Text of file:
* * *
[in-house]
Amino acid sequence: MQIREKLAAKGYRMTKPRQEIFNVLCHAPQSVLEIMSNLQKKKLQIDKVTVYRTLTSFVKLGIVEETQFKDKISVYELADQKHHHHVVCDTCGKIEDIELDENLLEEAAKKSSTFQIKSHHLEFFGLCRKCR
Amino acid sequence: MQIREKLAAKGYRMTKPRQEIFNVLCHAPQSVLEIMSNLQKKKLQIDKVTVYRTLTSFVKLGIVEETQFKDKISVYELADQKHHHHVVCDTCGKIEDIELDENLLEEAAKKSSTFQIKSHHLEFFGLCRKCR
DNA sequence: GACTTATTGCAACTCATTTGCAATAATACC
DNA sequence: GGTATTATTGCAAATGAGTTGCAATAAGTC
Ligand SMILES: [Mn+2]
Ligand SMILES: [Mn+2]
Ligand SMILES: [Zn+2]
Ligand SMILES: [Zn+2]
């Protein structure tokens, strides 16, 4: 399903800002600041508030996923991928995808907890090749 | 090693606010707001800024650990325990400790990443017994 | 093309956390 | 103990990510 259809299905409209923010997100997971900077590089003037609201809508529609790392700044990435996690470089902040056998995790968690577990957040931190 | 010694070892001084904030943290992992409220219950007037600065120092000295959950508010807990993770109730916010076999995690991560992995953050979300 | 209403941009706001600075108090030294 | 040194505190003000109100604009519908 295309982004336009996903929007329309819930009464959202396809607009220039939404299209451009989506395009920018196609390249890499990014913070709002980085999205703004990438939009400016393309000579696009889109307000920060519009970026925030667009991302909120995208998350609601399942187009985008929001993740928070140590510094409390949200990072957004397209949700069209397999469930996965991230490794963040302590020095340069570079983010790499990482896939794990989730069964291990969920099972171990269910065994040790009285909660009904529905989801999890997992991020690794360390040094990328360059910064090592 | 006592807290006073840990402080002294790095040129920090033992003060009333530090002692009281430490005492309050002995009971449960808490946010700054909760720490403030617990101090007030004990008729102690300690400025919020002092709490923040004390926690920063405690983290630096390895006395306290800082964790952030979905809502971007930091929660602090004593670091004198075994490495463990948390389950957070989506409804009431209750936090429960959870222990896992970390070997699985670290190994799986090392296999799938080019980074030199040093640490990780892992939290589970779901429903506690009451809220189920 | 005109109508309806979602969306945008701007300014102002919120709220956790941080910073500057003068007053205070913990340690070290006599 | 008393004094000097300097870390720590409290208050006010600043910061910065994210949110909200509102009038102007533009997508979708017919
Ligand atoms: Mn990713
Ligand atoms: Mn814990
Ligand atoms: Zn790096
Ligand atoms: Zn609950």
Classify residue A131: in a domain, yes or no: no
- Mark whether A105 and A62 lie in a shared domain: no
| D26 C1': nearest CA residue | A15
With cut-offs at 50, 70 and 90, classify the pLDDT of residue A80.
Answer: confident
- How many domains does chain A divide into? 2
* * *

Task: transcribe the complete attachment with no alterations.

[in-house]
Amino acid sequence: MQIREKLAAKGYRMTKPRQEIFNVLCHAPQSVLEIMSNLQKKKLQIDKVTVYRTLTSFVKLGIVEETQFKDKISVYELADQKHHHHVVCDTCGKIEDIELDENLLEEAAKKSSTFQIKSHHLEFFGLCRKCR
Amino acid sequence: MQIREKLAAKGYRMTKPRQEIFNVLCHAPQSVLEIMSNLQKKKLQIDKVTVYRTLTSFVKLGIVEETQFKDKISVYELADQKHHHHVVCDTCGKIEDIELDENLLEEAAKKSSTFQIKSHHLEFFGLCRKCR
DNA sequence: GACTTATTGCAACTCATTTGCAATAATACC
DNA sequence: GGTATTATTGCAAATGAGTTGCAATAAGTC
Ligand SMILES: [Mn+2]
Ligand SMILES: [Mn+2]
Ligand SMILES: [Zn+2]
Ligand SMILES: [Zn+2]
């Protein structure tokens, strides 16, 4: 399903800002600041508030996923991928995808907890090749 | 090693606010707001800024650990325990400790990443017994 | 093309956390 | 103990990510 259809299905409209923010997100997971900077590089003037609201809508529609790392700044990435996690470089902040056998995790968690577990957040931190 | 010694070892001084904030943290992992409220219950007037600065120092000295959950508010807990993770109730916010076999995690991560992995953050979300 | 209403941009706001600075108090030294 | 040194505190003000109100604009519908 295309982004336009996903929007329309819930009464959202396809607009220039939404299209451009989506395009920018196609390249890499990014913070709002980085999205703004990438939009400016393309000579696009889109307000920060519009970026925030667009991302909120995208998350609601399942187009985008929001993740928070140590510094409390949200990072957004397209949700069209397999469930996965991230490794963040302590020095340069570079983010790499990482896939794990989730069964291990969920099972171990269910065994040790009285909660009904529905989801999890997992991020690794360390040094990328360059910064090592 | 006592807290006073840990402080002294790095040129920090033992003060009333530090002692009281430490005492309050002995009971449960808490946010700054909760720490403030617990101090007030004990008729102690300690400025919020002092709490923040004390926690920063405690983290630096390895006395306290800082964790952030979905809502971007930091929660602090004593670091004198075994490495463990948390389950957070989506409804009431209750936090429960959870222990896992970390070997699985670290190994799986090392296999799938080019980074030199040093640490990780892992939290589970779901429903506690009451809220189920 | 005109109508309806979602969306945008701007300014102002919120709220956790941080910073500057003068007053205070913990340690070290006599 | 008393004094000097300097870390720590409290208050006010600043910061910065994210949110909200509102009038102007533009997508979708017919
Ligand atoms: Mn990713
Ligand atoms: Mn814990
Ligand atoms: Zn790096
Ligand atoms: Zn609950």
Classify residue A131: in a domain, yes or no: no
- Mark whether A105 and A62 lie in a shared domain: no
| D26 C1': nearest CA residue | A15
With cut-offs at 50, 70 and 90, classify the pLDDT of residue A80.
Answer: confident
- How many domains does chain A divide into? 2